Originally created 02/22/98

Nagano bids games farewell



NAGANO - The games of peace and love ended with singing, dancing and countless bursts of fireworks that lit up the Japanese night.

After 16 days the Winter Olympics drew to a close Sunday, and it seemed like no one in the stadium wanted it to end. After the last gold medal was awarded, the fireworks spent and the Olympic flame and traditional bonfires extinguished, the athletes and fans stayed in the stadium, refusing to let the feeling end.

There were reasons for just about everyone to celebrate. The organizing committee did a superb job of running the Olympics. Huge crowds turned out to watch spectacular performances. The U.S. team won a record number of medals. And the home team had many memorable performances. They won 10 medals, including gold in the team ski jumping for the first time.

On the final day the Czechs beat the Russians for the men's hockey gold medal, 1-0. Norwegian cross-country superstar Bjorn Dahlie added an eighth gold medal to his record-breaking total.

Except for some bad manners by the U.S. hockey team and some marijuana traces found in the doping sample of a Canadian snowboarder, the Nagano Games reflected the character of the Japanese people: polite, obliging and dignified.

Juan Antonio Samaranch, president of the International Olympic Committee, praised the Japanese organizers for having the "best organization."

The only thing the Japanese couldn't control was the weather, as snow, rain, more snow and more rain forced postponements and cancellations of events. But not even an earthquake could derail these Olympics.The closing ceremonies were a celebration by the athletes of all the successes of the Olympics. The athletes marched in together informally and spent the evening talking to each other, hugging and waving to the crowd. Figure skating gold medalist Tara Lipinski came into the stadium on the shoulders of a bobsledder.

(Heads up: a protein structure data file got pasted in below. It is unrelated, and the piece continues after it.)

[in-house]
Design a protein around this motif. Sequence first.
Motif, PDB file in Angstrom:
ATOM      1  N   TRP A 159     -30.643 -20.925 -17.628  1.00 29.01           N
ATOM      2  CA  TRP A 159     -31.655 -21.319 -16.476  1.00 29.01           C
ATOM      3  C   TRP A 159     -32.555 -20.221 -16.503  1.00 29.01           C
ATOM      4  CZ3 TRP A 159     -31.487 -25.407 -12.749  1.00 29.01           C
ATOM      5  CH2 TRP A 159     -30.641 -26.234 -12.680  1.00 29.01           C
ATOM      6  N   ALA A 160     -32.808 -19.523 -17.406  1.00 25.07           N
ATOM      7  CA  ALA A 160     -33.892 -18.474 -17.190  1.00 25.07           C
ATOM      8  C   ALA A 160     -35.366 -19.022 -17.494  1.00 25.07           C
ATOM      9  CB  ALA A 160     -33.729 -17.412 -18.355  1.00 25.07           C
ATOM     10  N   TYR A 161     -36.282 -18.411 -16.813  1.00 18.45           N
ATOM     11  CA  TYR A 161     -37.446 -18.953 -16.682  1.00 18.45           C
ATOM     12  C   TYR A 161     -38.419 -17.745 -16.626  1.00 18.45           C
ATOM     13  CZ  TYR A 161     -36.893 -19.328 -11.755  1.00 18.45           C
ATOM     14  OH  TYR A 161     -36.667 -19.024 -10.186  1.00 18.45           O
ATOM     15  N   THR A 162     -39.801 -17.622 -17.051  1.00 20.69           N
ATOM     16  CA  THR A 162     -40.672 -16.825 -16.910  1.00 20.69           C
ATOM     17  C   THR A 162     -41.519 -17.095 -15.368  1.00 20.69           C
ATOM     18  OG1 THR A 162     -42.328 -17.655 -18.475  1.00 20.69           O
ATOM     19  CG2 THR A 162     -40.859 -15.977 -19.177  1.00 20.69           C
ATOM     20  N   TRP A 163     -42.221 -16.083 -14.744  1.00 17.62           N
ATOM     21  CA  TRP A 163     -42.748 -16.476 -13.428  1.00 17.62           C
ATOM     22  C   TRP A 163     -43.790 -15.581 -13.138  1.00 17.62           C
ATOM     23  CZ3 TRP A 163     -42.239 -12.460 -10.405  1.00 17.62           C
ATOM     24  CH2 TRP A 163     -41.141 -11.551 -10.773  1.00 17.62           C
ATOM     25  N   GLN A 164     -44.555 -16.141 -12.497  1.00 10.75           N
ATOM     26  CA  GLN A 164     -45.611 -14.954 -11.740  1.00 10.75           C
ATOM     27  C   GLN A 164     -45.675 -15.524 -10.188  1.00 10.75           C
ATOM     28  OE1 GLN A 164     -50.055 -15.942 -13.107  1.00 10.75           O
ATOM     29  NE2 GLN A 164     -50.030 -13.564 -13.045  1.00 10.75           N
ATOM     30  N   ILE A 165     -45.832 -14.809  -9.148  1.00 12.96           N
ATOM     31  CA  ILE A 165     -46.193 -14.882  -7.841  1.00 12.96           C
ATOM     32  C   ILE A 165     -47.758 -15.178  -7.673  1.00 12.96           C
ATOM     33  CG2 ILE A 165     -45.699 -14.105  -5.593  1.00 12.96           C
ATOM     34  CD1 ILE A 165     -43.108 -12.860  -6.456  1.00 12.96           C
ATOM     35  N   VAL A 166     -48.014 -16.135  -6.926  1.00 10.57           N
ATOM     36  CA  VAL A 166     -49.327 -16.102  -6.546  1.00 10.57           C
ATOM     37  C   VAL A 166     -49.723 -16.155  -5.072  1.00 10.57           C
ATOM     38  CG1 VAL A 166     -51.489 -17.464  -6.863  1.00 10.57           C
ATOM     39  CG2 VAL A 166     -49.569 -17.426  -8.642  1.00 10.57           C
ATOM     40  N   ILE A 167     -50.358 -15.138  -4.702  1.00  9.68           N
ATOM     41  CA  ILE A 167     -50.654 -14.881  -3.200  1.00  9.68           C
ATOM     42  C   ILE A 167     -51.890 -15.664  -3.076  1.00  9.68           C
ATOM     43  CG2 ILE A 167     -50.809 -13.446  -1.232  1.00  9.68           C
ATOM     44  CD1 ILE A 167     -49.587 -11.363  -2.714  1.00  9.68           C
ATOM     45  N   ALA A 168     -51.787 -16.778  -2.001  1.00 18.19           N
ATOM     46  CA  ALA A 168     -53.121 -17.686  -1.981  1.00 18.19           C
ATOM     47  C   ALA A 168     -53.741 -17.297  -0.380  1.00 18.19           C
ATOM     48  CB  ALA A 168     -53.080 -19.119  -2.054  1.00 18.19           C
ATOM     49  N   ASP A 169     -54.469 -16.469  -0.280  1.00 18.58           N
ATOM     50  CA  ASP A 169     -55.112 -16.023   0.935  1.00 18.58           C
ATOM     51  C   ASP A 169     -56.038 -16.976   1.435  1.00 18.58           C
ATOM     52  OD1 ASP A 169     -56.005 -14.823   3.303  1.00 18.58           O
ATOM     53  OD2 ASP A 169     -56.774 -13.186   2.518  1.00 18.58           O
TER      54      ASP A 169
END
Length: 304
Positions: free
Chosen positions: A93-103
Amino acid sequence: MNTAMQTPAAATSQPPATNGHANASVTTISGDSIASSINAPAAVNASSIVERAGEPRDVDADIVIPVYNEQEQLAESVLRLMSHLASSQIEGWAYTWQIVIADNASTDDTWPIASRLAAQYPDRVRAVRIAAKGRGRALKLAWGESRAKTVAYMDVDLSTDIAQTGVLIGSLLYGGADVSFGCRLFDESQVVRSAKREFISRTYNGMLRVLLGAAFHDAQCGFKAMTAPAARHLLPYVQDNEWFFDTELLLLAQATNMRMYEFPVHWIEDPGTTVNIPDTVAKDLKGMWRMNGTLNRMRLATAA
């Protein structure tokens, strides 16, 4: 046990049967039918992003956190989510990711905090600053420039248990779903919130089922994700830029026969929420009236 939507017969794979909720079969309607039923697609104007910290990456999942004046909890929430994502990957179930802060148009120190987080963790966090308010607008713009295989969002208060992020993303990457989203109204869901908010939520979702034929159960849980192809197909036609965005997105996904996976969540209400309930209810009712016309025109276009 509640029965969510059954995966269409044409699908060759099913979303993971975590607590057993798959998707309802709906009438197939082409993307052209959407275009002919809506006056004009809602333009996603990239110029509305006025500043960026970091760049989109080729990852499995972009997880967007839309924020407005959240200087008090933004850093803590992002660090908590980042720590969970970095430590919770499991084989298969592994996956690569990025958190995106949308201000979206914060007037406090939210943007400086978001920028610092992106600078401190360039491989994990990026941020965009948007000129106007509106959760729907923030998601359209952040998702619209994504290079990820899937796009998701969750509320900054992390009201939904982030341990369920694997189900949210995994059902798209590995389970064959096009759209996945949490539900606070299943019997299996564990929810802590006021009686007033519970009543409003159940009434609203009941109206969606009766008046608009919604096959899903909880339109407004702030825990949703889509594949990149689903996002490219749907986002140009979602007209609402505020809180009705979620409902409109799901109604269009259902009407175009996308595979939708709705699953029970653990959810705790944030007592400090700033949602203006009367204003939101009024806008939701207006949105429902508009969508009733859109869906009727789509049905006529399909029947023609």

Women's hockey captain Tammi Granato carried the U.S. flag, while some members of the U.S. team carried a banner inviting everyone to the Winter Olympics in Salt Lake City in 2002. "Thank you, Nagano," it said. Earlier in the day Wheaties announced the women's hockey team would appear on its cereal box, continuing a tradition of Olympic champions.

As the opening ceremonies had a dignified beauty, the closing ceremonies were more relaxed and marked with fireworks and lasers. Everyone had fun, even emperor Akihito, who grinned and clapped his hands over his head as the Japanese delegation walked by.

The formal program included traditional Japanese flutes and drums, emphasizing local culture through hometown festivals. It also combined traditional and modern, East and West, as Snowlets joined lion dances, harvest festival rituals and bonfires.

The audience joined the show when they were asked to turn on battery-operated lanterns given to them and hold them overhead. The only other light came from the Olympic flame and four traditional Japanese bonfires in the center of the stadium. Finally the fireworks built with ancient Japanese techniques lit up the sky.

Nagano Mayor Tasuku Tsukada gave the Olympic flag to Salt Lake City Mayor Deedee Corradini. She will take it back home where it will fly over the site of the next Winter Games in 2002. Later, a group from Utah circled the arena with a stagecoach and riders on horseback to give everyone a taste of the west and what they might expect at the next Winter Olympics might hold.

Then more handmade fireworks were set off, followed by the Snowlets theme song, "Ile Aiye" or "Let's Make a Circle and Dance." Everyone in the stadium was invited to sing and dance along, and just about everyone did. Then it was time to go home, but no one wanted to, as thousands lingered long in to the night.